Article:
street

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street

1. 
a. a public road that is usually lined with buildings, esp in a town
b. (as modifier): a street directory
2. the buildings lining a street
3. the part of the road between the pavements, used by vehicles

Street

A paved way on which vehicles travel and park.

street

[strēt]
(civil engineering)
A paved road for vehicular traffic in an urban area.

street

A public thoroughfare, usually paved, including all area within the right-of-way, such as sidewalks; a public way.
References in classic literature ?
The street having been widened about forty years ago, the front gable was now precisely on a line with it.
A portion of his facts, by-the-by, did me good service in the preparation of the article entitled "MAIN STREET," included in the present volume.
A hotel would require pay in advance --I must walk the street all night, and perhaps be arrested as a suspicious character.
Saint Antoine wrote his crimes on flaring sheets of paper, seized him--would have torn him out of the breast of an army to bear Foulon company--set his head and heart on pikes, and carried the three spoils of the day, in Wolf-procession through the streets.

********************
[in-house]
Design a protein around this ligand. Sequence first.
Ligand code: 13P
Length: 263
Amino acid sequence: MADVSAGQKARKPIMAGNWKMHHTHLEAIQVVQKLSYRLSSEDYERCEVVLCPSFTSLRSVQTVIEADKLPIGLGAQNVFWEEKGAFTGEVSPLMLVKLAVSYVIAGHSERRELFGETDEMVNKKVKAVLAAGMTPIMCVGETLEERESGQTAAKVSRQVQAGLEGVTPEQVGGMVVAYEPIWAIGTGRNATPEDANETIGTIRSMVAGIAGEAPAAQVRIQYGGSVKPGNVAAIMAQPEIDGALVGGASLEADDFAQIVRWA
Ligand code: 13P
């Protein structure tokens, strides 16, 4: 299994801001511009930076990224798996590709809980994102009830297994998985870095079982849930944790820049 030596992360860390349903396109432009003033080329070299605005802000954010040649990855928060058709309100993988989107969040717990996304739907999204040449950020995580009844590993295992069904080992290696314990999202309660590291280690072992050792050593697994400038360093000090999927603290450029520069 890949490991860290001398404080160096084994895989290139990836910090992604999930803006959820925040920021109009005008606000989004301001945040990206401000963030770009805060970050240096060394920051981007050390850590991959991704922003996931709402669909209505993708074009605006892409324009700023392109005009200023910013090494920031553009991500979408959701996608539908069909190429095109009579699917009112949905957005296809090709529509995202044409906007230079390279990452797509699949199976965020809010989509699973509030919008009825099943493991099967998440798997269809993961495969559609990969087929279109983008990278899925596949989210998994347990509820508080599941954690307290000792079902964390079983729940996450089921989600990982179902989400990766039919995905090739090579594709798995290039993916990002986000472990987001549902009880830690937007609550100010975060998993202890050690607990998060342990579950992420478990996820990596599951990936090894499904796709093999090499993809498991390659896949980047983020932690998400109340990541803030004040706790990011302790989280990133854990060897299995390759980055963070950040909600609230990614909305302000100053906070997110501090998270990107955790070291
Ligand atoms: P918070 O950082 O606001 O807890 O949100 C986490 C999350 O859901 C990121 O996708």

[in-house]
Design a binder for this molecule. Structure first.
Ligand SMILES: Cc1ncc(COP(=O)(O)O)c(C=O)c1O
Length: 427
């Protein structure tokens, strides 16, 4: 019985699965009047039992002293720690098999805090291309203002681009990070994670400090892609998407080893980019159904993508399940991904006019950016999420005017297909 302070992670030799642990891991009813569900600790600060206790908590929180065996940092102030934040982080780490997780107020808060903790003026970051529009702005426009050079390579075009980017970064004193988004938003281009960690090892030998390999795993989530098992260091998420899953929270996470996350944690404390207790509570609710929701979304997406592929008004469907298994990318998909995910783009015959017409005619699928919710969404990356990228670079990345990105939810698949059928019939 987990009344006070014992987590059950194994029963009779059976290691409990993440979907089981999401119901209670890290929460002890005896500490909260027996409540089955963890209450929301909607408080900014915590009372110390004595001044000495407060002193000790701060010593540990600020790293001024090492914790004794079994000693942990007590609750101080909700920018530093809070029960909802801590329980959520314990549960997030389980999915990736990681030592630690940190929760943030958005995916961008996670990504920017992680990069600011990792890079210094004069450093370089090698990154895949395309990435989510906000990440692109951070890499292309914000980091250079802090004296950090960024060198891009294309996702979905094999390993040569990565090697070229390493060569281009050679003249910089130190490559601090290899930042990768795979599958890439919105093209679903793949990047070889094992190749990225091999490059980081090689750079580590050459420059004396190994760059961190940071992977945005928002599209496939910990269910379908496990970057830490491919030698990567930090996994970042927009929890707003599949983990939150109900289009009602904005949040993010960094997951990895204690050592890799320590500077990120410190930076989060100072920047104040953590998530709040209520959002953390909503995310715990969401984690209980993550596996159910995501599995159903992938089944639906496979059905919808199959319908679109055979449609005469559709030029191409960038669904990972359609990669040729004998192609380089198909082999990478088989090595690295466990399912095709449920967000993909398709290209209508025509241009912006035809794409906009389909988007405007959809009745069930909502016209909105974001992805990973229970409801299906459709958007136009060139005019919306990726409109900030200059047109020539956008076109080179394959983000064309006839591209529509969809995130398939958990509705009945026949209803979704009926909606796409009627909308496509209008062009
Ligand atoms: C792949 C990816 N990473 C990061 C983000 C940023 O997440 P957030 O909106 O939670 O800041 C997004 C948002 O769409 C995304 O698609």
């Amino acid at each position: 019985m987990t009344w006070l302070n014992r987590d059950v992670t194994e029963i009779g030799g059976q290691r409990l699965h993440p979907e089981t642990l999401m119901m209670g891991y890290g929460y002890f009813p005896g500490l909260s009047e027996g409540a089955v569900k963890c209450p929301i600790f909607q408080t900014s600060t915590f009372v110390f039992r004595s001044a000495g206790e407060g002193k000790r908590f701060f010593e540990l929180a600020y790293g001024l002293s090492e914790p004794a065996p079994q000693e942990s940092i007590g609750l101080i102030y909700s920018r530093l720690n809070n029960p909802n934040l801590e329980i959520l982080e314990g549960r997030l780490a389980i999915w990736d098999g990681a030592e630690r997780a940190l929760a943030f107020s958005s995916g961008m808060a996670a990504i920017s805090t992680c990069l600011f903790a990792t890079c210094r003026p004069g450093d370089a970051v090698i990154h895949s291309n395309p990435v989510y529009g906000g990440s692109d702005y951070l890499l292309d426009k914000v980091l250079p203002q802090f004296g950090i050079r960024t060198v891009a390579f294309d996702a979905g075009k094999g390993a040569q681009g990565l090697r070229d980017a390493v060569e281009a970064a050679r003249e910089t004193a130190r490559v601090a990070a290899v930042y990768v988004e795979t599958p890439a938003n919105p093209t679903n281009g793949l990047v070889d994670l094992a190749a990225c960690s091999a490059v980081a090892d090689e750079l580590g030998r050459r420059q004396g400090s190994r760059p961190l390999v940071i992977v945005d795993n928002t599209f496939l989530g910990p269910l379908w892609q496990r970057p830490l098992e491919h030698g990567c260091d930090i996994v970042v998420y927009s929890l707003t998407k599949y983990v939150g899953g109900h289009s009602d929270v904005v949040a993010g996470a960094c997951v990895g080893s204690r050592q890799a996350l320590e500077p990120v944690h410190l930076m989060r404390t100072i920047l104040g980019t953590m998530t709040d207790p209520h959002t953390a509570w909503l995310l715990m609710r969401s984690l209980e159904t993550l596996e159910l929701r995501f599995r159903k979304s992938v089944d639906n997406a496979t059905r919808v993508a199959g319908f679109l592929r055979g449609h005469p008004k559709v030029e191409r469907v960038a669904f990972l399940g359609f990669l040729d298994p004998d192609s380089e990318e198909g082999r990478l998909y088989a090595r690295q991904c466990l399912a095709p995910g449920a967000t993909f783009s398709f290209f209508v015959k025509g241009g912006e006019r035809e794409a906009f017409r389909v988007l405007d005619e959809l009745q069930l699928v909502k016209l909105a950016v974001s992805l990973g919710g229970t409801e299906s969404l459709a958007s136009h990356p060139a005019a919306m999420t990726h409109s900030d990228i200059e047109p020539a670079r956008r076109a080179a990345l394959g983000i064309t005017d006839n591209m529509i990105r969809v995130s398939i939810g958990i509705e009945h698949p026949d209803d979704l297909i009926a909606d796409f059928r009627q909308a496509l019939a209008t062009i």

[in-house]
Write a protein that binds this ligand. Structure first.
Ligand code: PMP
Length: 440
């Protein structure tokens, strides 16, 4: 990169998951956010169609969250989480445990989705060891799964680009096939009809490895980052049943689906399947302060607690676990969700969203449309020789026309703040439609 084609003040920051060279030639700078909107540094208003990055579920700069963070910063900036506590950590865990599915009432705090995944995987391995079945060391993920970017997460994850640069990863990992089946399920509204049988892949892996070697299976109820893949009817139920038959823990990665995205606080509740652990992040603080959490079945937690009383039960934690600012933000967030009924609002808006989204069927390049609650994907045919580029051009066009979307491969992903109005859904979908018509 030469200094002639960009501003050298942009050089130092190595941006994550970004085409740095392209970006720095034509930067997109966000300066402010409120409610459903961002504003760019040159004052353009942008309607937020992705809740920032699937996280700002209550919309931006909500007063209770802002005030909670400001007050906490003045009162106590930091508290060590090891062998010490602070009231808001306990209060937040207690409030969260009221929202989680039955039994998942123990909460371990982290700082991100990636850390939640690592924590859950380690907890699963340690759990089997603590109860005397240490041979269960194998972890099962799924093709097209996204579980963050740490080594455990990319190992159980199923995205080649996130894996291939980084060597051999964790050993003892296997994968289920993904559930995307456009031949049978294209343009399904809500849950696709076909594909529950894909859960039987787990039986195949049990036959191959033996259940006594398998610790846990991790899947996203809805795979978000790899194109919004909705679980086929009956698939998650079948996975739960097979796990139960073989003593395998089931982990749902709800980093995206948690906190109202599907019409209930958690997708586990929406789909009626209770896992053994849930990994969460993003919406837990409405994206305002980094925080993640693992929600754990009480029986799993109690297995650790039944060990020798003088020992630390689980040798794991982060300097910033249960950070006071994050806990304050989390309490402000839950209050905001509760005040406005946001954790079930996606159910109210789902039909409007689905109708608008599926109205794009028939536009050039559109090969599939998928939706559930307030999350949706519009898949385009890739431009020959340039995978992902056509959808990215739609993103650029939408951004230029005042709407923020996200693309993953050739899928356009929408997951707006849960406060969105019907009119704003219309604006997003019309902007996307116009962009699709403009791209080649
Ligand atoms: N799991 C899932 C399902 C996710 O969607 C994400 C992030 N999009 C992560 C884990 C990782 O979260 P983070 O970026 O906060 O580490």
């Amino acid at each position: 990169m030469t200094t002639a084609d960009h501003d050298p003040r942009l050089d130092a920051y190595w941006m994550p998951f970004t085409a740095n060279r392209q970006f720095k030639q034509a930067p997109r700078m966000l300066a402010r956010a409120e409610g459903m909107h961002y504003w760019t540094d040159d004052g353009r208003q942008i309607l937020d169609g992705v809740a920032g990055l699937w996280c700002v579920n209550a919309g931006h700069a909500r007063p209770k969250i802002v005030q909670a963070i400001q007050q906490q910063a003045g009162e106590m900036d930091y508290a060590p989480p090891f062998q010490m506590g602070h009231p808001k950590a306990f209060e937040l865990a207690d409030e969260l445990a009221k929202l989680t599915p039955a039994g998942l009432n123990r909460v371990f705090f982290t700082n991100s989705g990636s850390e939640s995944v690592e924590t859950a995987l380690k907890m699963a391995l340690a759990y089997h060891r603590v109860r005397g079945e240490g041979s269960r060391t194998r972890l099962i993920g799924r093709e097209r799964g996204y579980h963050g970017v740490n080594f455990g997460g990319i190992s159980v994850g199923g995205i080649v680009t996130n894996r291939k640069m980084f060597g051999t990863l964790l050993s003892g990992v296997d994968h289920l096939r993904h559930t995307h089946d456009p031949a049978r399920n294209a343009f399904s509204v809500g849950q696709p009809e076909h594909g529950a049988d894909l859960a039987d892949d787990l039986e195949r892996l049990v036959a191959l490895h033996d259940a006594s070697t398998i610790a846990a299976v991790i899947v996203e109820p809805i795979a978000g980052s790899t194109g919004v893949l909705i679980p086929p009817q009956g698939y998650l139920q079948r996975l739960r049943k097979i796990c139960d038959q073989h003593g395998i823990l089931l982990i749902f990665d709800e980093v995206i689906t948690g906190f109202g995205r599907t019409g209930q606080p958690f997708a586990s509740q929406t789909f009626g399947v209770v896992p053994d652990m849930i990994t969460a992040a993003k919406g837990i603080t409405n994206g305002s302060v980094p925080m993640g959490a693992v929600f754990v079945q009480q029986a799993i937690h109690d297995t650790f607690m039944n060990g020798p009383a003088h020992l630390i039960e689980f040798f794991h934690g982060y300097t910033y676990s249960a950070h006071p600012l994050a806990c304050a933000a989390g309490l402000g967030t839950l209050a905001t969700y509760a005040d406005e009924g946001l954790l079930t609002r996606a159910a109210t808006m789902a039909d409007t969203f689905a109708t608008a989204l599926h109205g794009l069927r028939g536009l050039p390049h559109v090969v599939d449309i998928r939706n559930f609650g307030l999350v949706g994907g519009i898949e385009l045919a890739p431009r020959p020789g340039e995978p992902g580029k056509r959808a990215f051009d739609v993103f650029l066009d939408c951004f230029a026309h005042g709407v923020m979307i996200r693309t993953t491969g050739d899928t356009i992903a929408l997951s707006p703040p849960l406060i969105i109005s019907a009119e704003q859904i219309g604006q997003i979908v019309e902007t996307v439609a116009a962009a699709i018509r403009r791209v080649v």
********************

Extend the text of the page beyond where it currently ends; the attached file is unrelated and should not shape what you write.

Fix smiled at this remark; and, in order to be able to see without being jostled about, the party took up a position on the top of a flight of steps situated at the upper end of Montgomery Street.
People were com- ing out of the side streets, and standing in groups at the corners talking.
And the mercenary soldiers, waiting but the word to deluge the street with blood, showed the only means by which obedience could be secured.
So he dropped his head, began to count the paving-stones, and to follow the young girl at a little greater distance, when, at the turn of a street, which had caused him to lose sight of her, he heard her utter a piercing cry.
The soldier went to sleep, but the others crowded round the big window in their pyjamas and night-shirts and, throwing remains of their sandwiches at the women who passed in the street below, shouted to them facetious remarks.
To the normal high-strung energy of New York streets was added a touch of war-fever.
Through the streets soldiers in various uniforms walked or ran confusedly in different directions like ants from a ruined ant-hill.
The ape-man grinned and crossed quickly to the opposite side of the street, for his delicate senses indicated that at this point the breeze stirring through the city streets and deflected by the opposite wall would now blow from the lion toward him as the beast passed, whereas if he remained upon the side of the street upon which he had been walking when he discovered the carnivore, his scent would have been borne to the nostrils of the animal, and Tarzan was sufficiently jungle-wise to realize that while he might deceive the eyes of man and beast he could not so easily disguise from the nostrils of one of the great cats that he was a creature of a different species from the inhabitants of the city, the only human beings, possibly, that Numa was familiar with.